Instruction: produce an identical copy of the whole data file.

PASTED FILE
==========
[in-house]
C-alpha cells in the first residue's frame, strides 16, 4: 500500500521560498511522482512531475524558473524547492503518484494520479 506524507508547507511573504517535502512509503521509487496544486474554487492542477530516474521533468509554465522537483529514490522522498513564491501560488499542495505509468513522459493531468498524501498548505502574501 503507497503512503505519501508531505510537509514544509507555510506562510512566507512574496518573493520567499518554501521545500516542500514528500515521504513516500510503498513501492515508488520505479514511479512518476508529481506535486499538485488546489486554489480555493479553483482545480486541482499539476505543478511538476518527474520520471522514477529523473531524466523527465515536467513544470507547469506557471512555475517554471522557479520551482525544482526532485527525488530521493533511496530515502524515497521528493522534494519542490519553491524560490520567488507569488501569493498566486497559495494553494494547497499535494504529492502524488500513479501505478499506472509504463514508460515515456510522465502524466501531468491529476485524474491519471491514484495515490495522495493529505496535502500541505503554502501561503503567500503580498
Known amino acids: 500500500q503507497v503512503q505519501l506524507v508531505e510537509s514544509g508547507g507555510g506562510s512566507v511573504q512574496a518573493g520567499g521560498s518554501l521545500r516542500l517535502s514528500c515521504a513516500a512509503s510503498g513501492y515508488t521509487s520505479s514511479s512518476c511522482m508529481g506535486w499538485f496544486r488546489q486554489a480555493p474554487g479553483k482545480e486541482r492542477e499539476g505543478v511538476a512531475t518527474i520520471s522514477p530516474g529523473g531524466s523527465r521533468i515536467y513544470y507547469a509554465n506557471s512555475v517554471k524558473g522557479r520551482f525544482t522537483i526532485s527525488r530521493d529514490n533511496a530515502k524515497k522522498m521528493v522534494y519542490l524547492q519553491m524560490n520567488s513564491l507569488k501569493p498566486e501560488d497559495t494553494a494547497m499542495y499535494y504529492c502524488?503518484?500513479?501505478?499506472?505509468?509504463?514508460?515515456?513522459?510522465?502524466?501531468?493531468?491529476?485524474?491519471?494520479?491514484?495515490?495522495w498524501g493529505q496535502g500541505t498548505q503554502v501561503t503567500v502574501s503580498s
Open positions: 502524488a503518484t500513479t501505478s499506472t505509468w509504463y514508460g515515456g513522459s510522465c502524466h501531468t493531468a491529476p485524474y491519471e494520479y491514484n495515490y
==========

[in-house]
C-alpha cells in the first residue's frame, strides 16, 4: 500500500521560498511522482512531475524558473524547492503518484494520479 506524507508547507511573504517535502512509503521509487496544486474554487492542477530516474521533468509554465522537483529514490522522498513564491501560488499542495505509468513522459493531468498524501498548505502574501 503507497503512503505519501508531505510537509514544509507555510506562510512566507512574496518573493520567499518554501521545500516542500514528500515521504513516500510503498513501492515508488520505479514511479512518476508529481506535486499538485488546489486554489480555493479553483482545480486541482499539476505543478511538476518527474520520471522514477529523473531524466523527465515536467513544470507547469506557471512555475517554471522557479520551482525544482526532485527525488530521493533511496530515502524515497521528493522534494519542490519553491524560490520567488507569488501569493498566486497559495494553494494547497499535494504529492502524488500513479501505478499506472509504463514508460515515456510522465502524466501531468491529476485524474491519471491514484495515490495522495493529505496535502500541505503554502501561503503567500503580498
Known amino acids: 500500500q503507497v503512503q505519501l506524507v508531505e510537509s514544509g508547507g507555510g506562510s512566507v511573504q512574496a518573493g520567499g521560498s518554501l521545500r516542500l517535502s514528500c515521504a513516500a512509503s510503498g513501492y515508488t521509487s520505479s514511479s512518476c511522482m508529481g506535486w499538485f496544486r488546489q486554489a480555493p474554487g479553483k482545480e486541482r492542477e499539476g505543478v511538476a512531475t518527474i520520471s522514477p530516474g529523473g531524466s523527465r521533468i515536467y513544470y507547469a509554465n506557471s512555475v517554471k524558473g522557479r520551482f525544482t522537483i526532485s527525488r530521493d529514490n533511496a530515502k524515497k522522498m521528493v522534494y519542490l524547492q519553491m524560490n520567488s513564491l507569488k501569493p498566486e501560488d497559495t494553494a494547497m499542495y499535494y504529492c502524488?503518484?500513479?501505478?499506472?505509468?509504463?514508460?515515456?513522459?510522465?502524466?501531468?493531468?491529476?485524474?491519471?494520479?491514484?495515490?495522495w498524501g493529505q496535502g500541505t498548505q503554502v501561503t503567500v502574501s503580498s
Open positions: 502524488a503518484t500513479t501505478s499506472t505509468w509504463y514508460g515515456g513522459s510522465c502524466h501531468t493531468a491529476p485524474y491519471e494520479y491514484n495515490y